A Brief History Of Quilting

History of Quilting

A Brief History of Quilting

  • What is quilting?
  • Why is it more popular in colder nations than in tropical ones?
  • What makes is special?

Beginners who have no concept what quilting is may have a lot of questions after learning about this age-old yet developing craft. the subsequent are a number of the answers, including a quick history of the quilting craft.

History of Quilting

The Craft

Quilting, according to the definition, is a method of stitching two layers of cloth together, generally with a soft, thick padding (cotton, wool, etc.) between them.

In the old days, this extra padded fabric is employed to form garments for insulation against the cold. Later, the stitching that keeps the stuffing evenly distributed provided the chance for quilters to precise their artistic inclinations through designs and colours.

A Brief History Of Quilting_Abigails-quilting

Very old quilts were found within the mountains of Mongolia dating as far back because the 1st century. There is a quilted spiral pattern in the middle of a wadded carpet, which is surrounded with diamond patterns and animal forms.

The patterns and therefore the techniques of these old quilts are still in use today and are already a part of the quilter’s catalog of techniques.



The first quilts were thought to possess originated from ancient Egypt, went everywhere Asia, then to Europe within the years of the Crusades in 11th century.

In the U.S., it first became popular to be used in petticoats and comforters. At the top of the 18th century, American quilters were already using colored fabrics sewn on the outer layers referred to as the appliqué.

As time went on, patchwork designs became increasingly popular.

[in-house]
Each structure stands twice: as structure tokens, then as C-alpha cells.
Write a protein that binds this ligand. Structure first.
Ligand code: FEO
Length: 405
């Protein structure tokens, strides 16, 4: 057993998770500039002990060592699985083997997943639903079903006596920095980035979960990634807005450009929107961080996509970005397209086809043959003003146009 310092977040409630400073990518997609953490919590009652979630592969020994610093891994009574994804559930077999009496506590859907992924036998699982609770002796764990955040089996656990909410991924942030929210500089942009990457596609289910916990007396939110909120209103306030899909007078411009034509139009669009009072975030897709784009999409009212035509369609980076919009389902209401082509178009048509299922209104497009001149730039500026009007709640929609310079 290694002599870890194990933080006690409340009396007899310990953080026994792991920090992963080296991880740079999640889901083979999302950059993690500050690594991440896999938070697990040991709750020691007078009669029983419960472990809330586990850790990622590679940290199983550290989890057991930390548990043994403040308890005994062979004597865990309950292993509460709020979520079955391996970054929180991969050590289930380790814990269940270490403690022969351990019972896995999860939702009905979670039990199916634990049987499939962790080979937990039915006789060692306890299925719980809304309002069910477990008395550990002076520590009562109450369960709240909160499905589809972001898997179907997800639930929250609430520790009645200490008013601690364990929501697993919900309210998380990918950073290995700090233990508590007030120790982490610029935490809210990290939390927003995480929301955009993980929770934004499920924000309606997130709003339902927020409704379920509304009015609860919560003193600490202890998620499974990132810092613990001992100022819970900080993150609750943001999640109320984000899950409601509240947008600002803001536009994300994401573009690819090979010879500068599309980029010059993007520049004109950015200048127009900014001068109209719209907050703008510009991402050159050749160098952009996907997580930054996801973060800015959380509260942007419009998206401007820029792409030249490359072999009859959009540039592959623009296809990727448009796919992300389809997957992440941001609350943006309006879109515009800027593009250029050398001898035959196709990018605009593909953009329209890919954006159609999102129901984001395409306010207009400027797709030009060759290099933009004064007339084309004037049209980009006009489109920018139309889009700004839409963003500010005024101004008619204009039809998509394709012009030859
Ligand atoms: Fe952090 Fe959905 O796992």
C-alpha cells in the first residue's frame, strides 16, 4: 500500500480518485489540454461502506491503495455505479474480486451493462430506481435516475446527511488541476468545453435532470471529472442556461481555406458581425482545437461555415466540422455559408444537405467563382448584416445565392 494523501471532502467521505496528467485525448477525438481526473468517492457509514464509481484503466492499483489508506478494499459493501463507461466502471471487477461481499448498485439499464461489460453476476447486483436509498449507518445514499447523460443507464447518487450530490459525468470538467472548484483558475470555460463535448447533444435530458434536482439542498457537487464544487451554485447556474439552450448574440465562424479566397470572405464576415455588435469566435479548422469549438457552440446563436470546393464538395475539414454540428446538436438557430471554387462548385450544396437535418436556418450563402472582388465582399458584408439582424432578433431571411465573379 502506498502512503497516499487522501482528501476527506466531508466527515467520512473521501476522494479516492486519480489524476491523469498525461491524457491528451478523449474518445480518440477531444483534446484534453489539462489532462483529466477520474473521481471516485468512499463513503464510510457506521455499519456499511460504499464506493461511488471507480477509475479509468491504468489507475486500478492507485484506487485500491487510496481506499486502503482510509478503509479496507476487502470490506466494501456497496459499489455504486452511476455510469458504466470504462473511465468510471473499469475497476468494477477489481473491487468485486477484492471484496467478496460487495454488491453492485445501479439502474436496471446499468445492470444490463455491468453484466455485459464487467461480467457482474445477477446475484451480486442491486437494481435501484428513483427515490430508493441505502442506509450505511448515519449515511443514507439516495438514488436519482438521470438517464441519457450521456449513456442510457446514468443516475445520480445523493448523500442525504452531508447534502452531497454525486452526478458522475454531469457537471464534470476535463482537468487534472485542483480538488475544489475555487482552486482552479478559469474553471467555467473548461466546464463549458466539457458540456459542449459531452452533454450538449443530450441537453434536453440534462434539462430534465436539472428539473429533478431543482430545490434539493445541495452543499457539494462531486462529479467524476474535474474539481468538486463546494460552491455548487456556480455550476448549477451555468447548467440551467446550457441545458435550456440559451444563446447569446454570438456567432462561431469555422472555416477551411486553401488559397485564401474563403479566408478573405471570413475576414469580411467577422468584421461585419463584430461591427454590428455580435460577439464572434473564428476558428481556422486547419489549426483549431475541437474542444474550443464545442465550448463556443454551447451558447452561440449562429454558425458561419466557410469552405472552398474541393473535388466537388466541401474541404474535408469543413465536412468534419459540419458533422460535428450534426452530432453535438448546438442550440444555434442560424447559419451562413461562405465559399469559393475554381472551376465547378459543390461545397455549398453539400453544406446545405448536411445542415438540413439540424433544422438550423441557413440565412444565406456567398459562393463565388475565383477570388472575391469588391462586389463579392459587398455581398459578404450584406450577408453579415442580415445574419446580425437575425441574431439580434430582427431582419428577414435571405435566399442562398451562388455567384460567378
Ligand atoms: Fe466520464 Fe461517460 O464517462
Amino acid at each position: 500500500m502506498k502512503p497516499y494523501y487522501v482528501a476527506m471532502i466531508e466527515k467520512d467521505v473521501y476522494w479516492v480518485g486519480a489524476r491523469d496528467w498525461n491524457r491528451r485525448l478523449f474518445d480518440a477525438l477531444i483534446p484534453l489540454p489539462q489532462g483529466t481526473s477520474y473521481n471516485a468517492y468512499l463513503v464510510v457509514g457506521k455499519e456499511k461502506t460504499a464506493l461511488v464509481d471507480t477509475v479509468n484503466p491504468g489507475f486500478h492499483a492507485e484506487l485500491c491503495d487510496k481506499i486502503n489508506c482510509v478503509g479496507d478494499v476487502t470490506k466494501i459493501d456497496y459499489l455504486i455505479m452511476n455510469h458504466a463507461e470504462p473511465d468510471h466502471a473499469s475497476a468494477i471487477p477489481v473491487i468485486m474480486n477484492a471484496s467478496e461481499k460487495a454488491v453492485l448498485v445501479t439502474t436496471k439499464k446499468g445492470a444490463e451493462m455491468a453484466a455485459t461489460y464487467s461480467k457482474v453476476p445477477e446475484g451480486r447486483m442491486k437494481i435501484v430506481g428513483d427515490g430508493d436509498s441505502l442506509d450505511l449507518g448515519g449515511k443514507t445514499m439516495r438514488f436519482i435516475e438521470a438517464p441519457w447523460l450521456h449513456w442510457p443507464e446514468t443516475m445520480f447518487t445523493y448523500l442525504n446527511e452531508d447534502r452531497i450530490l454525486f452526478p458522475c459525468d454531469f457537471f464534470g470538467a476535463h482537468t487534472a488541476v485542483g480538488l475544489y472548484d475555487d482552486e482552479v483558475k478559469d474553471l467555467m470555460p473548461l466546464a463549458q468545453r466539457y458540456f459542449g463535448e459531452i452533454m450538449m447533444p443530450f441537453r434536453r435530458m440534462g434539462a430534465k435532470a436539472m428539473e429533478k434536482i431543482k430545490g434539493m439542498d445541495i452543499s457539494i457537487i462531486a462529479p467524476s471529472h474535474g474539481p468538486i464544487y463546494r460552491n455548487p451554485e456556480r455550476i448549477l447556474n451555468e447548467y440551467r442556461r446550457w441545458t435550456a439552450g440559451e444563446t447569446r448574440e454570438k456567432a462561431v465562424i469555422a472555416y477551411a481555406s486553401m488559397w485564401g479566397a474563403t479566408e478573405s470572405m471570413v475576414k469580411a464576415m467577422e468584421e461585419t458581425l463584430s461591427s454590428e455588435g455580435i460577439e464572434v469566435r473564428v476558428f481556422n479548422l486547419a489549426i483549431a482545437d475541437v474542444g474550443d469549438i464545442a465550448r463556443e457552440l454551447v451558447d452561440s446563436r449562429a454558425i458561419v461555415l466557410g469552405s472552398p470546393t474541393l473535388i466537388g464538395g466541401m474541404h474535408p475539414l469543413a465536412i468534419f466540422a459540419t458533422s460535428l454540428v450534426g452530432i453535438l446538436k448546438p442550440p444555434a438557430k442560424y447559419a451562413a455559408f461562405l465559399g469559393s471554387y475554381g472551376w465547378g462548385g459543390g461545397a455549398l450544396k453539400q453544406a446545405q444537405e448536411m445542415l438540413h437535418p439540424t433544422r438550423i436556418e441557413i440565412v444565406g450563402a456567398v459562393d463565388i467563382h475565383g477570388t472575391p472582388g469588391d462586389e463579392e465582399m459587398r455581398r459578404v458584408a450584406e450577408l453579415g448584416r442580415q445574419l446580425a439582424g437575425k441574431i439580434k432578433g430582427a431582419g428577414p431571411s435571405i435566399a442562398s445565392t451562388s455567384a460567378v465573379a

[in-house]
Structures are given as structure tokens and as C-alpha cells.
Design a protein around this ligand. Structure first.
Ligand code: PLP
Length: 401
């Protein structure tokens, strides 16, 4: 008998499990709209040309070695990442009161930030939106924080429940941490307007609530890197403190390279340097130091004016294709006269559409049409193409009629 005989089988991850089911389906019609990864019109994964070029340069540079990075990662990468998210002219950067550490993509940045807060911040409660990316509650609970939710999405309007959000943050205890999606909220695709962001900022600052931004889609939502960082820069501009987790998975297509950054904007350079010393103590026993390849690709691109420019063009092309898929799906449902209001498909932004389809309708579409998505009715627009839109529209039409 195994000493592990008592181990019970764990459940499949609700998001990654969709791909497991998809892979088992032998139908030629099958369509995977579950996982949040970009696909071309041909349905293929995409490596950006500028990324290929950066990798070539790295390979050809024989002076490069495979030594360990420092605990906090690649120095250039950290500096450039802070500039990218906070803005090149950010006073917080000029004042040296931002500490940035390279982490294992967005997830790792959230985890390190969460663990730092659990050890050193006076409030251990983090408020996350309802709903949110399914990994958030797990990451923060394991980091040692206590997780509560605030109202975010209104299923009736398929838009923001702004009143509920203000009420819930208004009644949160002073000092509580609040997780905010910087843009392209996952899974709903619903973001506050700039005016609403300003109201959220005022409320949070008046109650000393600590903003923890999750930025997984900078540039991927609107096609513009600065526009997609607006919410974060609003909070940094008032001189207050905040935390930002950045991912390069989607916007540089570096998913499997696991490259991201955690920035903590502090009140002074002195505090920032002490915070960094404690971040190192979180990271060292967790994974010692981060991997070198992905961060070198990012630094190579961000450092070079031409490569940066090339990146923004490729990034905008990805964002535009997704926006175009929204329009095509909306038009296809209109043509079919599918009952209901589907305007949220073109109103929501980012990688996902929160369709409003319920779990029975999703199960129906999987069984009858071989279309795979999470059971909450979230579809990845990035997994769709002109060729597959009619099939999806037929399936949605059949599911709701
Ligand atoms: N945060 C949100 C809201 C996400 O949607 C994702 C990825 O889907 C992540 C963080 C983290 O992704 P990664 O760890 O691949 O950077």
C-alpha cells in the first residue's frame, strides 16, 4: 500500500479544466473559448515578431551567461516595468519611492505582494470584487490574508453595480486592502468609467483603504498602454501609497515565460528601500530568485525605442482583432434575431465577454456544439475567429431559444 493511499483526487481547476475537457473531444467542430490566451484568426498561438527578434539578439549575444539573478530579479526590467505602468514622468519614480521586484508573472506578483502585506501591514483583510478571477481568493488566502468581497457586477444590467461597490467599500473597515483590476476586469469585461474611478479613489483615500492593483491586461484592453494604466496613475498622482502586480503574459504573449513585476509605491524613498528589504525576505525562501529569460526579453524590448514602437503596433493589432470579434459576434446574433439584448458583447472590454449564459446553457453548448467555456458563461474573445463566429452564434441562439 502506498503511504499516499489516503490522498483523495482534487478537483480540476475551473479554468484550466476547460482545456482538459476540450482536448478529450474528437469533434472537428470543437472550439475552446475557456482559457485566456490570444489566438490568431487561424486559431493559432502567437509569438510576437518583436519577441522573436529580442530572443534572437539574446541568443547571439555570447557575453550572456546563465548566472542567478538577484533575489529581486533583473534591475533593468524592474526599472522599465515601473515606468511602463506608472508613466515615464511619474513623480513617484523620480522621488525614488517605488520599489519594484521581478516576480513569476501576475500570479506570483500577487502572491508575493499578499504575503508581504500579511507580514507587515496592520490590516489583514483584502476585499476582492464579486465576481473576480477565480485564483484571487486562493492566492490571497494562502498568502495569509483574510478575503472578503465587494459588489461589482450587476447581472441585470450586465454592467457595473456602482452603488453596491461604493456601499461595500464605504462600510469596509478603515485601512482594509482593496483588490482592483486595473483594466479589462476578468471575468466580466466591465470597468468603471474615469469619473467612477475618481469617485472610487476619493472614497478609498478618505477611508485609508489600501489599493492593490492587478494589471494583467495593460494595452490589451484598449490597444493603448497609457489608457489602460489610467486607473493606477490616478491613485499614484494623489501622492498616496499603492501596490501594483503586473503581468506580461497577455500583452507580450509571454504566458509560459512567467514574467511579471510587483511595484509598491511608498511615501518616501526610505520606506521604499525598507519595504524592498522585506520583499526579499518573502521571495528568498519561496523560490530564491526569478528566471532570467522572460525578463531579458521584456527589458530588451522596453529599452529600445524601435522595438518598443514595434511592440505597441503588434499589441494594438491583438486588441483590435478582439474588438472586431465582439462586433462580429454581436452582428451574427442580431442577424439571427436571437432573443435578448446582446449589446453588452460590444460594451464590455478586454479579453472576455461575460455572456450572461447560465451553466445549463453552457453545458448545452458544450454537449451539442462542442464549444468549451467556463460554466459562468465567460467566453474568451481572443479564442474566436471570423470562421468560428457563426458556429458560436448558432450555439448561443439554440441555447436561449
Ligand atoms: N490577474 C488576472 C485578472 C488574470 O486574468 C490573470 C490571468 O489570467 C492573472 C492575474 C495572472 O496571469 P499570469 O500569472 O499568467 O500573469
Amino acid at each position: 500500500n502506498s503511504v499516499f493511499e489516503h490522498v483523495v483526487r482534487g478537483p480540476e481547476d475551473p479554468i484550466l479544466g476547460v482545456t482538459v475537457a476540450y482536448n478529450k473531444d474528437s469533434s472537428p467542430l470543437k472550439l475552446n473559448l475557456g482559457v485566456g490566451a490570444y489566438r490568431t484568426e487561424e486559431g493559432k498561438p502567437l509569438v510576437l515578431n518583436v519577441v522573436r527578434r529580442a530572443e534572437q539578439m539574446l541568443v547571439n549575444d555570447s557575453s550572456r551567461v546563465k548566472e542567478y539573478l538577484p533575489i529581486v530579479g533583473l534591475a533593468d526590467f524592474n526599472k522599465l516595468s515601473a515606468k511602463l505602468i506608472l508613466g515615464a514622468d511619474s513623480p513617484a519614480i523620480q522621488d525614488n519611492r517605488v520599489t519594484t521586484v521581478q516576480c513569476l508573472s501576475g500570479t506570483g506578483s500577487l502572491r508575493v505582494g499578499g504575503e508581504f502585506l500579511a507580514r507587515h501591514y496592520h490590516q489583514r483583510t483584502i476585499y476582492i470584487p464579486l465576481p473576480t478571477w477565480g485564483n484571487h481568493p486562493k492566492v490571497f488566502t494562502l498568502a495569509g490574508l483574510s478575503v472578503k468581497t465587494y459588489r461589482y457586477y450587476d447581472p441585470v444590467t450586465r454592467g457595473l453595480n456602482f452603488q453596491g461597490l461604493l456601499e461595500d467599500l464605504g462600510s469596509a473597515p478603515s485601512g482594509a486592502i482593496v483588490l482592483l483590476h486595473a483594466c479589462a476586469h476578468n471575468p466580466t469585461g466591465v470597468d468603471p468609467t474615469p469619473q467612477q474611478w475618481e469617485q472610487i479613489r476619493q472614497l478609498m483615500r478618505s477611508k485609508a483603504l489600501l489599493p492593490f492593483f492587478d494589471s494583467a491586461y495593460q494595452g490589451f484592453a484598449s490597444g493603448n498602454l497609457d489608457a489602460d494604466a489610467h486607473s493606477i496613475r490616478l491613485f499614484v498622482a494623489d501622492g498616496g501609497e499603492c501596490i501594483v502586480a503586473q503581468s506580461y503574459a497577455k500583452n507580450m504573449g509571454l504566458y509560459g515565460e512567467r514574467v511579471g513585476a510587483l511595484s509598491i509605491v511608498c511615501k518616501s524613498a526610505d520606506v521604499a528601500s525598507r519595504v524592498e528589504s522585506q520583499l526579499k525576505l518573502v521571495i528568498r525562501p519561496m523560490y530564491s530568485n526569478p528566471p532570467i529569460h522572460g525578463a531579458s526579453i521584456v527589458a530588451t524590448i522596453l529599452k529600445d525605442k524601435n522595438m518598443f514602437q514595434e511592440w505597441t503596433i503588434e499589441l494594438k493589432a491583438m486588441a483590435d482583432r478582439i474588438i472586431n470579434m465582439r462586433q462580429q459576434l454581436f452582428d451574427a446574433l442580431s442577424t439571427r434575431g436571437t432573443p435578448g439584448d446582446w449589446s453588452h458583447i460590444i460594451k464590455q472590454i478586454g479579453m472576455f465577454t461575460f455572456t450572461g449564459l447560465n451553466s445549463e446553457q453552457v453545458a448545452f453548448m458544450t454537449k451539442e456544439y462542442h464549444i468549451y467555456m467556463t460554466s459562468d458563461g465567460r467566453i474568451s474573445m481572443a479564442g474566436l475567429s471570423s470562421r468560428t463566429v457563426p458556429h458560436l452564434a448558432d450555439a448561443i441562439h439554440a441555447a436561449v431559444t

During the colonial era, quilting flourished in the United States as immigration from Europe carried their talents with them. Making patchwork quilts from leftover fabric is a skill that many women in the United States mastered.

African-American women began quilting also and continued the kind to the present day.
Their quilts are much praised for his or her bold, asymmetrical designs and bright colors, usually with tied knots.

When there was a rush to migrate to the West, It’s no surprise that quilt patterns mirrored the fresh experiences of that time, such as wagon wheel motifs or log house patterns.

Friendship quilts and picture quilts became widely known, too. the image quilts have designs that seemed like pictures were sewn on the quilt itself. Friendship quilts are the ‘albums’ of special occasions such as weddings, births, and anniversaries.

The most famous friendship quilt is that the 1987 AIDS Memorial quilt. People who died of AIDS were listed by their names and dates in the book.

The American quilt blossomed within the 19th century. Samples from the early 18th century, however, have mostly disappeared. Some of today’s most popular traditional patchwork patterns emerged during this time: Sunburst, Saw-Tooth, Log Cabin and Bear’s Paw.


Some of the foremost compelling works of art are the quilts made by Amish women. These were “utilitarian quilts” with geometric motifs that are rich in color and are now highly sought after by collectors.

Today, quilting is employed as a sort of textile art. A “utilitarian” role has already been introduced into modern life as a result of this. And like all other art forms, it continues to grow and evolve.

For Your Inspiration:



Applique in Quilting






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